However, where CMS sought garnishment against social security recipients who had recovered for “pain and suffering only” and there was not allocated recovery for medical expenses, the government accepted the findings of the Court and an Administrative Law Judge and did not further seek reimbursement for their clients. Their right of action was preserved as against the tortfeasor. Merrifield v USA, U.S.D.N.J., 2008.
In the Medicaid realm, the Ahlborn case is clear and is being followed. If there is a recovery in a personal injury action that includes medical expenses and a general release is provided, the State is entitled to reimbursement. If, however, the pleadings and release specifically are for pain and suffering only, then no monies are due or owing to the State. This is the consistent application.
The ERISA language has been interpreted as creating Personal Injury Liens or an “equitable lien by agreement” as opposed to subrogation, Sereboff v. Mid Atlantic Medical Services, Inc., 126 S. Ct. 1869(2006). Contracts that seek “to impose personal liability …for a contractual obligation to pay money” are not equitable for the purposes of §1132(a)(3), Sereboff v. Mid Atlantic Medical Services, Inc., 126 S. Ct. 1869, at 1873-73 (2006). The “equity” component was manufactured by observing that there was a “specifically identifiable fund” from which the plan was “entitled” to a particular share of the recovery. In that specific situation, a “constructive trust or equitable lien” was established for the purposes of §1132(a)(3).
While the case law seems powerful, it should be noted that the attorney is not privy to the ERISA contract. As such, that medical provider has no power or authority over the plaintiff’s attorney. He may distribute all the money recovered on the personal injury claim directly to his client. If the ERISA provider argues that the attorney “must” represent them or protect their interests, the simple counter is that there is a conflict of interests and he may refuse to commit an ethical violation. Let them pursue their own recovery.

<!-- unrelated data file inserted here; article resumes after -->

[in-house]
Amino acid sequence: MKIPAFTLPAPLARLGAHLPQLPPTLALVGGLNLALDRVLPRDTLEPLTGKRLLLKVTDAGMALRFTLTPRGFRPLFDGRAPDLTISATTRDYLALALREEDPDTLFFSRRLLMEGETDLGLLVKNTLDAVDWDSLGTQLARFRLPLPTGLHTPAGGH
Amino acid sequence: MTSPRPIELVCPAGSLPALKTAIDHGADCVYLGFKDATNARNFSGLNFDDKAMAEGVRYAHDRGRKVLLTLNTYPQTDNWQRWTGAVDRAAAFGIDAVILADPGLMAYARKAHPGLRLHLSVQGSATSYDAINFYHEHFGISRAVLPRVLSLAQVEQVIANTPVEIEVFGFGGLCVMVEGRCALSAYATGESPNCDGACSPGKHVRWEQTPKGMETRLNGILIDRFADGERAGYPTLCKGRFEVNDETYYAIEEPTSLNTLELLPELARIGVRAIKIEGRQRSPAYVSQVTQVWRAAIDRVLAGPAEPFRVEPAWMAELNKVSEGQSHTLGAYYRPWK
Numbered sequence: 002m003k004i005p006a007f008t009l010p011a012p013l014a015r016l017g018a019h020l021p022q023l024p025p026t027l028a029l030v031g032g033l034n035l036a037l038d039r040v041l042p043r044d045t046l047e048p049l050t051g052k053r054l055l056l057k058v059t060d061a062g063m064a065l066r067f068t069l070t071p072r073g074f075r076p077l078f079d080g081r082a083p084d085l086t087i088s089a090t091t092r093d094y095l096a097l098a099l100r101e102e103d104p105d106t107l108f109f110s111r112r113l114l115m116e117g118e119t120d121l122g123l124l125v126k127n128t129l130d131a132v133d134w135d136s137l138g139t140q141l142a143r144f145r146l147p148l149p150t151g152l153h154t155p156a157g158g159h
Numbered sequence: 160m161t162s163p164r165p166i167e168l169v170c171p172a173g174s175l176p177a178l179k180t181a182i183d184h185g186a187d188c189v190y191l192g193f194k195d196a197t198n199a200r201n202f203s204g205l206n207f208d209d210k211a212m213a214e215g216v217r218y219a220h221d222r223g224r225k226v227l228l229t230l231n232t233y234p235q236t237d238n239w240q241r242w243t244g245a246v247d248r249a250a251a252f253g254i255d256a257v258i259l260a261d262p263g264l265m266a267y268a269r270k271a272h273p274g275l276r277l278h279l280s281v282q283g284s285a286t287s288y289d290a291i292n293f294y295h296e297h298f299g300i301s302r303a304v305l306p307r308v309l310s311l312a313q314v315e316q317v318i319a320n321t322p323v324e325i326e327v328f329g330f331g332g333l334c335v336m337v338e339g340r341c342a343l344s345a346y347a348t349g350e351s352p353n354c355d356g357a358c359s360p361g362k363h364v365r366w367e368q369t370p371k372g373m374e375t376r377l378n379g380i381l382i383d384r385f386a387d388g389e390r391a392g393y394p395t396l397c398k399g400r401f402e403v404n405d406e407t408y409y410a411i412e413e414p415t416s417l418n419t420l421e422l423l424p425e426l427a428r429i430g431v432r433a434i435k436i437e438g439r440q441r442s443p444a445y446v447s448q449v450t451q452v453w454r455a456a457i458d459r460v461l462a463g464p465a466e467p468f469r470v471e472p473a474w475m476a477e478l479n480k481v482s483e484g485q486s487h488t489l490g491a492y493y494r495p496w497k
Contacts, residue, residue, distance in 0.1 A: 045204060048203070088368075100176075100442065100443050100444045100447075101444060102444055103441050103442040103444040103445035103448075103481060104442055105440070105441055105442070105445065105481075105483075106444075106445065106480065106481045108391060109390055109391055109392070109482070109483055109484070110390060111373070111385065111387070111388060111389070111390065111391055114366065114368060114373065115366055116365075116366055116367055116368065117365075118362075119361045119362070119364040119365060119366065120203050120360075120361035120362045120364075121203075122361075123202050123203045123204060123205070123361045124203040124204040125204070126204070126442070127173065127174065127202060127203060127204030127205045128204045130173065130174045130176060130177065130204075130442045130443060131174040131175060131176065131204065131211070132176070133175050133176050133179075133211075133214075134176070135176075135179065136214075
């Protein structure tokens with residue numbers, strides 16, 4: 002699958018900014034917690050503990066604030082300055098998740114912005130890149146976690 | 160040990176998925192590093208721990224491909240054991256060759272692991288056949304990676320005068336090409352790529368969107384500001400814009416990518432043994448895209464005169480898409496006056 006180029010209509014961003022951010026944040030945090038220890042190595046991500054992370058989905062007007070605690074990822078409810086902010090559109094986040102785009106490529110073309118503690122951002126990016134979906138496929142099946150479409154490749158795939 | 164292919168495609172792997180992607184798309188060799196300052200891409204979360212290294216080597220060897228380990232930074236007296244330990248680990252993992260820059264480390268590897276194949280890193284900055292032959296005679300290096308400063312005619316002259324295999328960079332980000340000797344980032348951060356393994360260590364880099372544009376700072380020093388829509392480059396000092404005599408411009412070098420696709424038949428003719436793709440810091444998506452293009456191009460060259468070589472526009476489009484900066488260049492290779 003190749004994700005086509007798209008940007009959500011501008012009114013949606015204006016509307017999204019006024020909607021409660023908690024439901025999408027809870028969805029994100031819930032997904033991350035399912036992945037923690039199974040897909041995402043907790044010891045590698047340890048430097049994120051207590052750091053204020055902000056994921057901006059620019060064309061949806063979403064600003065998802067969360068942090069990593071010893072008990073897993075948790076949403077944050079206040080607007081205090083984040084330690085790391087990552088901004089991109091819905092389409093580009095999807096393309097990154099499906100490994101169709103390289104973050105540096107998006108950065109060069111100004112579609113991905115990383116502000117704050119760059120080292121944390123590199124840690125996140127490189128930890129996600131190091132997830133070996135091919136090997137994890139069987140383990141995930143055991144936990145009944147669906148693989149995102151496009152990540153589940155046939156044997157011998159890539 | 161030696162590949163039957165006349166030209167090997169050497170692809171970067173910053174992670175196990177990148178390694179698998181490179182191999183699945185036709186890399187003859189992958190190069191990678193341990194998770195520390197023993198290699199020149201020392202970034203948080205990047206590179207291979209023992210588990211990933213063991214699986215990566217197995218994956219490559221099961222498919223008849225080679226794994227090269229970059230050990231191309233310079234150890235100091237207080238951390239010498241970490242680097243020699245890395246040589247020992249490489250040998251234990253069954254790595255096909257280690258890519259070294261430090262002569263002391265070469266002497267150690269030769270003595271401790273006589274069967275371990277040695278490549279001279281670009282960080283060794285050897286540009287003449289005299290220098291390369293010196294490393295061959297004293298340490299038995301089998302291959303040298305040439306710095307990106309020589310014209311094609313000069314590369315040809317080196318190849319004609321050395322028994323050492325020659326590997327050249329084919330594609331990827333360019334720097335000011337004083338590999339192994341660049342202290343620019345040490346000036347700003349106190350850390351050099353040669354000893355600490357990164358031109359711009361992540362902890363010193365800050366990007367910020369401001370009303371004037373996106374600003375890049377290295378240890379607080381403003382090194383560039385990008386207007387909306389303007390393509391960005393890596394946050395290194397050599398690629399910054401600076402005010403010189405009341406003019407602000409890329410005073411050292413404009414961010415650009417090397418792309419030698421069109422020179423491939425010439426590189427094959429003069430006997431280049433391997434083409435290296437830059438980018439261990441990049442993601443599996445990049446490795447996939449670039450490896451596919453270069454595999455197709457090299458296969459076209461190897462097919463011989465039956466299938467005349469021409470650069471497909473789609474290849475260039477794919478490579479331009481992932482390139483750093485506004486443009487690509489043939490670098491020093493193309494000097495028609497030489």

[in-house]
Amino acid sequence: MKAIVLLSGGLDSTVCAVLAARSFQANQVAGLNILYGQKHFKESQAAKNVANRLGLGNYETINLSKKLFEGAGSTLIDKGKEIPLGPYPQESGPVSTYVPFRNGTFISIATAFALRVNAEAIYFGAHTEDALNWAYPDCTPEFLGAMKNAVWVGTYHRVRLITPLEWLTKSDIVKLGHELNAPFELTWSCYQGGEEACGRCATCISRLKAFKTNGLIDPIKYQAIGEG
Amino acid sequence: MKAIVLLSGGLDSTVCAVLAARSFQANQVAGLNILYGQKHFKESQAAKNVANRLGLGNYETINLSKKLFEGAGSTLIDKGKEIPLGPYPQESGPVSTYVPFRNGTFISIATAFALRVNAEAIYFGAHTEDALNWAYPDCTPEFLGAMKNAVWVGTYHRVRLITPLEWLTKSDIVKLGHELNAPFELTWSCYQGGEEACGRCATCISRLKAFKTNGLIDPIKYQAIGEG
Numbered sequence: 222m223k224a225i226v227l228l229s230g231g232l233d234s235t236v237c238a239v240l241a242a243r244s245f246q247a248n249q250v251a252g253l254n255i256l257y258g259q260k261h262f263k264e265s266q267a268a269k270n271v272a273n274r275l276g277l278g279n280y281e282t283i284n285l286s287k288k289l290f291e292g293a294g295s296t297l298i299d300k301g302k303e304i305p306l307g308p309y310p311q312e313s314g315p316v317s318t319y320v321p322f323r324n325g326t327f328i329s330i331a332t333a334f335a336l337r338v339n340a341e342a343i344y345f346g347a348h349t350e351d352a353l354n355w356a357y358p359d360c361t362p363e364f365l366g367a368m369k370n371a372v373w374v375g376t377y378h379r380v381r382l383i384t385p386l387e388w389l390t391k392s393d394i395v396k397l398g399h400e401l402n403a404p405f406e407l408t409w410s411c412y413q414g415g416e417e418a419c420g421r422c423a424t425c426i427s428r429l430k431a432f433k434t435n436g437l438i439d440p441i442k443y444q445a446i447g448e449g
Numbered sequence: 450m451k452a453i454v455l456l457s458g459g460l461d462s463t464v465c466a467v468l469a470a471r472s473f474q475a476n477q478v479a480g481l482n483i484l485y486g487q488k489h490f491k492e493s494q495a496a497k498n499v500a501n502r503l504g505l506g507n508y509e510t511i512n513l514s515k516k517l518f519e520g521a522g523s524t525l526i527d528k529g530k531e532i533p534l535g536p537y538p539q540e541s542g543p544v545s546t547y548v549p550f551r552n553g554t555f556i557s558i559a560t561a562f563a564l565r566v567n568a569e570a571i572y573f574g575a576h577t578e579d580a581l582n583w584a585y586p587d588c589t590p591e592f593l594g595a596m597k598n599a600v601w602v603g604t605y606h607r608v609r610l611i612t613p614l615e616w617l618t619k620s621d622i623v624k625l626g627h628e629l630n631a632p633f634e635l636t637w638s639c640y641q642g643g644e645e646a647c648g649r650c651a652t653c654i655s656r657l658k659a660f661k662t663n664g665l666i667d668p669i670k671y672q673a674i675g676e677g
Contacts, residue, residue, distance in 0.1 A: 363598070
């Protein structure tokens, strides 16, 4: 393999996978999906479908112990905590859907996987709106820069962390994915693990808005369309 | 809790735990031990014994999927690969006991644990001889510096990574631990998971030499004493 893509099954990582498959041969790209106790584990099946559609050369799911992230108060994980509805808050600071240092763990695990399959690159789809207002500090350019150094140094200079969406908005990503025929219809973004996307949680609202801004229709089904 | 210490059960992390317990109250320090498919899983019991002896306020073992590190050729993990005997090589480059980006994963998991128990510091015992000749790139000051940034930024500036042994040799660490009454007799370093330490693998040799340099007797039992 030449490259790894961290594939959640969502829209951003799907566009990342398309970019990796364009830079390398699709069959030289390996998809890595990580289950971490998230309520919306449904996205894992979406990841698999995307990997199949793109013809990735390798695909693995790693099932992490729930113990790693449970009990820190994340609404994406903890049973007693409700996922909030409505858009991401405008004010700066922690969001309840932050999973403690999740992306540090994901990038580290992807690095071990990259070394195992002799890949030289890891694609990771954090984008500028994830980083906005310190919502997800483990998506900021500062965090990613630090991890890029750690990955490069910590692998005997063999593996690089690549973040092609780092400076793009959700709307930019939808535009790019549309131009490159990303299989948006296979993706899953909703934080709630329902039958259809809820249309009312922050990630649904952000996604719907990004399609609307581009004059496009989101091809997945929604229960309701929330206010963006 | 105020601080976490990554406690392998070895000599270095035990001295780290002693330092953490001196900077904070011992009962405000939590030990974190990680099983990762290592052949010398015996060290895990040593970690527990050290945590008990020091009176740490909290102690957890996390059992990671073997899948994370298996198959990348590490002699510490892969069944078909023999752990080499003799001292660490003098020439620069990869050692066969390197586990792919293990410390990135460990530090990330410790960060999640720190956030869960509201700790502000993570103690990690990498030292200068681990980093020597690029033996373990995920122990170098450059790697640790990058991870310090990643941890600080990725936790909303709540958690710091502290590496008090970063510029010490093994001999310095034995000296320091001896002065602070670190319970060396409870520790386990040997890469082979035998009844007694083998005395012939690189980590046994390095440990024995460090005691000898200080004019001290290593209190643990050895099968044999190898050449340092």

Practical Applications and Interpretations
In all these statutes, with the possible exception of ERISA, the enabling legislation authorizes the medical provider to initiate its own independent action for recovery of expenses pursuant to the principles of subrogation. There is no incentive for any of these subrogees to pursue their own claims while plaintiffs attorneys voluntarily assume all the risks of loss and then remit to the medical providers a proportionate share of any and all recoveries. The general practice is for the injured party’s attorney, clearly representing two claimants, to negotiate an aggregate settlement, allocate the money between those competing parties and take a fee from each. The medical provider does no work and takes no risks. However, if it and the Plaintiff’s attorney work together, it recovers from the gross award and more money is available for attorney fees. That this is a clear ethical violation is of little import so long as the Government is recovering money. The governmental enforcement arm for attorneys, the Grievance Committee, simply need not consider this issue and there is no violation. The only one who comes up short in this scenario is the injured party. His personal injury recovery is reduced by the amount his attorney agrees to pay the medical provider on the subrogation claim. As this practice has been going on for many years and as a local plaintiff’s attorney recently observed: “Clients are not sophisticated enough to understand those issues.”
The simple conclusion is that there is both an inherent and obvious conflict of interest for an attorney attempting to resolve Personal Injury Liens to represent two claimants for independent claims arising out of the same incident, obtain a single lump sum settlement and then allocate the respective amounts while taking a fee from both clients. Clients tend to be reassured when their attorney tells them that none of their recovery is going to the Government. Clients are reassured when advised that none of their recovery is going to repay the medical provider. The medical provider has its own, independent right of action. Let it represent itself. Clients like this approach. Attorneys would be well advised to seriously consider and analyze these issues.